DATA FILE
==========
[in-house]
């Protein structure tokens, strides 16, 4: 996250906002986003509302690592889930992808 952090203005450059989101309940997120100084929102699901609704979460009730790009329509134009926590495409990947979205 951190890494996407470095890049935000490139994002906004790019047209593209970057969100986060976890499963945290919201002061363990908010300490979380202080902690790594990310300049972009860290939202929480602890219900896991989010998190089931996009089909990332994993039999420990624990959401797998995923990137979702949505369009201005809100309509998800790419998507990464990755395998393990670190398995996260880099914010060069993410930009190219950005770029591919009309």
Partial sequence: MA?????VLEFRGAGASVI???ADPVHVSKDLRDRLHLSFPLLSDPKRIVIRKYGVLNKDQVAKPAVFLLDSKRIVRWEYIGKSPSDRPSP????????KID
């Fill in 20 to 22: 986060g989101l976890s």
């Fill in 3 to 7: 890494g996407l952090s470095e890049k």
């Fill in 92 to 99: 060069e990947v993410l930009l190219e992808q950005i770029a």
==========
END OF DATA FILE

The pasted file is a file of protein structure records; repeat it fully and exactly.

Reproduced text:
[in-house]
């Protein structure tokens, strides 16, 4: 996250906002986003509302690592889930992808 952090203005450059989101309940997120100084929102699901609704979460009730790009329509134009926590495409990947979205 951190890494996407470095890049935000490139994002906004790019047209593209970057969100986060976890499963945290919201002061363990908010300490979380202080902690790594990310300049972009860290939202929480602890219900896991989010998190089931996009089909990332994993039999420990624990959401797998995923990137979702949505369009201005809100309509998800790419998507990464990755395998393990670190398995996260880099914010060069993410930009190219950005770029591919009309």
Partial sequence: MA?????VLEFRGAGASVI???ADPVHVSKDLRDRLHLSFPLLSDPKRIVIRKYGVLNKDQVAKPAVFLLDSKRIVRWEYIGKSPSDRPSP????????KID
């Fill in 20 to 22: 986060g989101l976890s």
């Fill in 3 to 7: 890494g996407l952090s470095e890049k």
């Fill in 92 to 99: 060069e990947v993410l930009l190219e992808q950005i770029a």